In lung cancer, Tecentriq is also approved in the US in combination with Avastin (bevacizumab), paclitaxel and carboplatin (chemotherapy), for the initial (first-line) treatment of adults with metastatic non-squamous NSCLC with no EGFR or ALK genomic tumour aberrations. Additionally, Tecentriq is approved by the FDA to treat adults with metastatic NSCLC who have disease progression during or following platinum-containing chemotherapy. Patients with EGFR or ALK genomic tumour aberrations should have disease progression on FDA-approved therapy for NSCLC harbouring these aberrations prior to receiving Tecentriq. Tecentriq is also approved in the US in combination with carboplatin and etoposide (chemotherapy) for the initial (first-line) treatment of adults with extensive-stage small cell lung cancer (ES-SCLC).
Roche has an extensive development programme for Tecentriq, including nine Phase III studies underway across different types of lung cancer, and multiple ongoing and planned Phase III studies across genitourinary, skin, breast, gastrointestinal, gynaecological and head and neck cancers. This includes studies evaluating Tecentriq both alone and in combination with other medicines.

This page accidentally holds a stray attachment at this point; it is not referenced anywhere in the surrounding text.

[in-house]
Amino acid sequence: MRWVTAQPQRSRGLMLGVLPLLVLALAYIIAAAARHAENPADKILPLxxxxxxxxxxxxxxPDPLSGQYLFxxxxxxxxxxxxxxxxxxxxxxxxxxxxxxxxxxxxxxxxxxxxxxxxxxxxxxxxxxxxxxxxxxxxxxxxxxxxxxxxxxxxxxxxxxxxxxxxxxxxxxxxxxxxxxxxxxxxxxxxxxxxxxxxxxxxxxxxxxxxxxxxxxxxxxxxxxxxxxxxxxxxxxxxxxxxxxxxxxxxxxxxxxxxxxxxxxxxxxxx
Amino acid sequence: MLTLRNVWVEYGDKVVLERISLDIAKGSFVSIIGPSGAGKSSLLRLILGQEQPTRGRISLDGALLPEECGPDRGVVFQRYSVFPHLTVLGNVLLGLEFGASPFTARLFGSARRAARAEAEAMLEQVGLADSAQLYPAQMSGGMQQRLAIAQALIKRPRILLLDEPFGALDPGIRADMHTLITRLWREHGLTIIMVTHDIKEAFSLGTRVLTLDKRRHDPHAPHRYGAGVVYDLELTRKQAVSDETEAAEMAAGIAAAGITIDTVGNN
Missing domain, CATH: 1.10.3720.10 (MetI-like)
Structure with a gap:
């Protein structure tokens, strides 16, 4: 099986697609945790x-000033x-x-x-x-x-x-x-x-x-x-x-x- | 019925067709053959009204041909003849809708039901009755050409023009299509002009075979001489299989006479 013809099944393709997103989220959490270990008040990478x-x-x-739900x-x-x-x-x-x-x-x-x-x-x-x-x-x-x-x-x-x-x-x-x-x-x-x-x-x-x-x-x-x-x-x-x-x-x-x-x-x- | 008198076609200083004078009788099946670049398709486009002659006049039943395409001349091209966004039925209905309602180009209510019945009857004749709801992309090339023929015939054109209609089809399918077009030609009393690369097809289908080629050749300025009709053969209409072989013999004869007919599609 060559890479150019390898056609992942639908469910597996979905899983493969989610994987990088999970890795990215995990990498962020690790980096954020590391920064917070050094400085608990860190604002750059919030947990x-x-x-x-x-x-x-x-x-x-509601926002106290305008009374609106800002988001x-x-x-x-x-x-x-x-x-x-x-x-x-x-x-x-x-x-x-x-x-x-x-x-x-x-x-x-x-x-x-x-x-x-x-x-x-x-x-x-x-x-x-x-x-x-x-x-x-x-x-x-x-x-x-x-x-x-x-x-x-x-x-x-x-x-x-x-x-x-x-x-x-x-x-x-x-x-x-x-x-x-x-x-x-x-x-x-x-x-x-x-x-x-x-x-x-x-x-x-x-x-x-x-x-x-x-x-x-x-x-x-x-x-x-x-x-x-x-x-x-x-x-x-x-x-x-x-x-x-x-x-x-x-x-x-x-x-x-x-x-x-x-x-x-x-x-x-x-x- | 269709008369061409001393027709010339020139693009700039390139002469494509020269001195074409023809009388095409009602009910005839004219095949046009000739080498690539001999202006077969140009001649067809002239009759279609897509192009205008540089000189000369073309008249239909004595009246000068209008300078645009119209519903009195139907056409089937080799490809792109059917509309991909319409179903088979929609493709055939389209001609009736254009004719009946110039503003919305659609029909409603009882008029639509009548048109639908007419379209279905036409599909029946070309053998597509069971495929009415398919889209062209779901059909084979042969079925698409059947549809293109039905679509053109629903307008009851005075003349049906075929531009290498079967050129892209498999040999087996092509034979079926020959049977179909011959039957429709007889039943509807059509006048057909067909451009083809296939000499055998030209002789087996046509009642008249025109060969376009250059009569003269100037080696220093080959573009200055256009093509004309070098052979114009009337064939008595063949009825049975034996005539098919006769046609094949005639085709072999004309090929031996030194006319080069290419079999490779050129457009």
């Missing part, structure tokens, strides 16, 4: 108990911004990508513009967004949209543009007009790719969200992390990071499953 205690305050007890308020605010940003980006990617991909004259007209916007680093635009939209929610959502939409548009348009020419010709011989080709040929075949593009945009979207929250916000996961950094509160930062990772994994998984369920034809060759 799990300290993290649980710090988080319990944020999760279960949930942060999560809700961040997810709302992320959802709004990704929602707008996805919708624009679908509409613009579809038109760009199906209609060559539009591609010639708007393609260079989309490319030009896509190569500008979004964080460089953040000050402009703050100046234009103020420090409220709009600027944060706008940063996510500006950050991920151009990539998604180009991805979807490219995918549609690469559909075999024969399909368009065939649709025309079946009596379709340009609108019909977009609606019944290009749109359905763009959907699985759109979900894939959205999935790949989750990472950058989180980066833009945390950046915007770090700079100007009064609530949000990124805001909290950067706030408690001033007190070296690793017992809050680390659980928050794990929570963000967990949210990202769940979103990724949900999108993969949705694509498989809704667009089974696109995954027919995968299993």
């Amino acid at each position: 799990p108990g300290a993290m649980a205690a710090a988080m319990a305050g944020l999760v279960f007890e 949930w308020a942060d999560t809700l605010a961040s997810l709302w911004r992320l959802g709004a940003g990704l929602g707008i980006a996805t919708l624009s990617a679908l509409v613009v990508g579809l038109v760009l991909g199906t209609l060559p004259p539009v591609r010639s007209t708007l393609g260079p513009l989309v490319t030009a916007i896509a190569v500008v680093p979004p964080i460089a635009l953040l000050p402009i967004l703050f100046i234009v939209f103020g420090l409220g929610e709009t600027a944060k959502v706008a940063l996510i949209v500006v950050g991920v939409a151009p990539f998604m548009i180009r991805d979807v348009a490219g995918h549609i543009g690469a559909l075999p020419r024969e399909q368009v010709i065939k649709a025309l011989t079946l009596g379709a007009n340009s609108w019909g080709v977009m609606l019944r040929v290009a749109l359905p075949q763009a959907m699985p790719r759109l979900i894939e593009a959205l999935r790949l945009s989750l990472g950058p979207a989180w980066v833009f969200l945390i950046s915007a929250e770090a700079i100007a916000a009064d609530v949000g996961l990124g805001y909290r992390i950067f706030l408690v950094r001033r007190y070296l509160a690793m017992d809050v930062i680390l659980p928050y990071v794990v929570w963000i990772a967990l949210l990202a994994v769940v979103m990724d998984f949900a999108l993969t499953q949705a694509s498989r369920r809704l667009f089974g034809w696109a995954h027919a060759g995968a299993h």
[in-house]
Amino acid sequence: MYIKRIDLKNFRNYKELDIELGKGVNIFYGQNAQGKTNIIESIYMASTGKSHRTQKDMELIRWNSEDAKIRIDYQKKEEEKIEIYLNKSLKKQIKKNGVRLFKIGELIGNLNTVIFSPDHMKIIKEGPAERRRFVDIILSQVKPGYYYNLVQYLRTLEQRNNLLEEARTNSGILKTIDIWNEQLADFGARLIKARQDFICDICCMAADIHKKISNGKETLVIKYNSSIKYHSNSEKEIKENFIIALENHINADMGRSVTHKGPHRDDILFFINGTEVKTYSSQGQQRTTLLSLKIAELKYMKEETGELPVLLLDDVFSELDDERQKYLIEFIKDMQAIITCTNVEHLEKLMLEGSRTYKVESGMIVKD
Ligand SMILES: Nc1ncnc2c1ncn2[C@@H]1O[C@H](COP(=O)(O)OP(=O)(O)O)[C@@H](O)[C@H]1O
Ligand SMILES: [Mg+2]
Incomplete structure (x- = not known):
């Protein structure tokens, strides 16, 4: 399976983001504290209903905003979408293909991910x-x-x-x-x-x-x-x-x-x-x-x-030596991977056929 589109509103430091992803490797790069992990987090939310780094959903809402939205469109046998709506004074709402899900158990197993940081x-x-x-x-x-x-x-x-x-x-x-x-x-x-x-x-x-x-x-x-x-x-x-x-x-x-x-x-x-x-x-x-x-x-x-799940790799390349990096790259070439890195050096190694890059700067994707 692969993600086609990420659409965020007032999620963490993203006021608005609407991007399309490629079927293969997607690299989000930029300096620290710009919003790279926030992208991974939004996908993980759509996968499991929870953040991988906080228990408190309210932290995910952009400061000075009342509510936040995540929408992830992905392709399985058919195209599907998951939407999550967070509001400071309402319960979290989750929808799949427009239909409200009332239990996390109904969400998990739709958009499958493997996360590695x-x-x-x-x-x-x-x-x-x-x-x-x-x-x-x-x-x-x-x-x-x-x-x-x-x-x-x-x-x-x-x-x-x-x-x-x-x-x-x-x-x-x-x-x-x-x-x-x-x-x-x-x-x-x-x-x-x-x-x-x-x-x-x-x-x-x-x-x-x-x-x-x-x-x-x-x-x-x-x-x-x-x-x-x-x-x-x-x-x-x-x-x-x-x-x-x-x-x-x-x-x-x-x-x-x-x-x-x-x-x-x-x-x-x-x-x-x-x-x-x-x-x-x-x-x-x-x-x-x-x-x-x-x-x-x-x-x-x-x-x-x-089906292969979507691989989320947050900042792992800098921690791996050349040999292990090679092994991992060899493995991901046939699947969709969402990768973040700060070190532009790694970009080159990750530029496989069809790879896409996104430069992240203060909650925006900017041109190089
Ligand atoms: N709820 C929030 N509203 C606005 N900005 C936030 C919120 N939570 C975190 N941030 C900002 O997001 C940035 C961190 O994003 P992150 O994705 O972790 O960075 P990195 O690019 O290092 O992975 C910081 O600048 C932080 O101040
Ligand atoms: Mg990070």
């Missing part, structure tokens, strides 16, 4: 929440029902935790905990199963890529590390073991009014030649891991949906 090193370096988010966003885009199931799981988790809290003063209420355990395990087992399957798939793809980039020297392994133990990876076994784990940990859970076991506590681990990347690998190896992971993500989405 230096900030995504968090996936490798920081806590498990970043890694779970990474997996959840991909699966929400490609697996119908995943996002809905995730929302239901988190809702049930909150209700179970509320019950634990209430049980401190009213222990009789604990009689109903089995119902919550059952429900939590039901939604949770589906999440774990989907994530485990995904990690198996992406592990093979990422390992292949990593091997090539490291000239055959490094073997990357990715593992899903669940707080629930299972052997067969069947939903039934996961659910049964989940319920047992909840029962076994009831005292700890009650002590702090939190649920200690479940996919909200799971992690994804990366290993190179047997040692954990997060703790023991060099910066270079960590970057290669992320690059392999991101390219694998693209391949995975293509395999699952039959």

About the IMpower130 study
IMpower130 is a Phase III, multicentre, open-label, randomised study evaluating the efficacy and safety of Tecentriq in combination with nab-paclitaxel and carboplatin versus chemotherapy (nab-paclitaxel and carboplatin) alone for chemotherapy-na´ve patients with stage IV non-squamous NSCLC. The study enrolled 724 people, of whom 681 were in the ITT-WT population and were randomised (2:1) to receive:
- Tecentriq plus nab-paclitaxel and carboplatin (Arm A), or
- Nab-paclitaxel and carboplatin (Arm B, control arm)